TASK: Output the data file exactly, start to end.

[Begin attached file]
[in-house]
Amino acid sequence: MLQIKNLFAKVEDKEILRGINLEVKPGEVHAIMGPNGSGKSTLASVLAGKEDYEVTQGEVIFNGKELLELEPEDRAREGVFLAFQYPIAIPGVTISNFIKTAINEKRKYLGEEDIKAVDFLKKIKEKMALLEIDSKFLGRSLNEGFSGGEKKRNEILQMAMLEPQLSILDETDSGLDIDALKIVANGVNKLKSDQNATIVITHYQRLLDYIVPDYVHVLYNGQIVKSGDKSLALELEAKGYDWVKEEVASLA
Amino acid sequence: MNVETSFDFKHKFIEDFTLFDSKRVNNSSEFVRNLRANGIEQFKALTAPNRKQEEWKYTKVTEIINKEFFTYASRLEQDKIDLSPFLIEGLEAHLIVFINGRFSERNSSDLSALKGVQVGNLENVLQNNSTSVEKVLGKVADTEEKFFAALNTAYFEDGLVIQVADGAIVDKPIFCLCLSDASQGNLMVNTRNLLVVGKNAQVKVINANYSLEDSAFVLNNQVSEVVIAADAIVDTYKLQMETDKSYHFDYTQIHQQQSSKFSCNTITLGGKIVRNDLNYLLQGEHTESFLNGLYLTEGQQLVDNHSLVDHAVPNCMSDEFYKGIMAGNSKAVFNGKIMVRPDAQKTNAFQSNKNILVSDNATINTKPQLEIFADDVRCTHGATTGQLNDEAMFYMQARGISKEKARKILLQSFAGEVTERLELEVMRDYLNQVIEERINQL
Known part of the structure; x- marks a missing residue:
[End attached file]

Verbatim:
[in-house]
Amino acid sequence: MLQIKNLFAKVEDKEILRGINLEVKPGEVHAIMGPNGSGKSTLASVLAGKEDYEVTQGEVIFNGKELLELEPEDRAREGVFLAFQYPIAIPGVTISNFIKTAINEKRKYLGEEDIKAVDFLKKIKEKMALLEIDSKFLGRSLNEGFSGGEKKRNEILQMAMLEPQLSILDETDSGLDIDALKIVANGVNKLKSDQNATIVITHYQRLLDYIVPDYVHVLYNGQIVKSGDKSLALELEAKGYDWVKEEVASLA
Amino acid sequence: MNVETSFDFKHKFIEDFTLFDSKRVNNSSEFVRNLRANGIEQFKALTAPNRKQEEWKYTKVTEIINKEFFTYASRLEQDKIDLSPFLIEGLEAHLIVFINGRFSERNSSDLSALKGVQVGNLENVLQNNSTSVEKVLGKVADTEEKFFAALNTAYFEDGLVIQVADGAIVDKPIFCLCLSDASQGNLMVNTRNLLVVGKNAQVKVINANYSLEDSAFVLNNQVSEVVIAADAIVDTYKLQMETDKSYHFDYTQIHQQQSSKFSCNTITLGGKIVRNDLNYLLQGEHTESFLNGLYLTEGQQLVDNHSLVDHAVPNCMSDEFYKGIMAGNSKAVFNGKIMVRPDAQKTNAFQSNKNILVSDNATINTKPQLEIFADDVRCTHGATTGQLNDEAMFYMQARGISKEKARKILLQSFAGEVTERLELEVMRDYLNQVIEERINQL
Known part of the structure; x- marks a missing residue: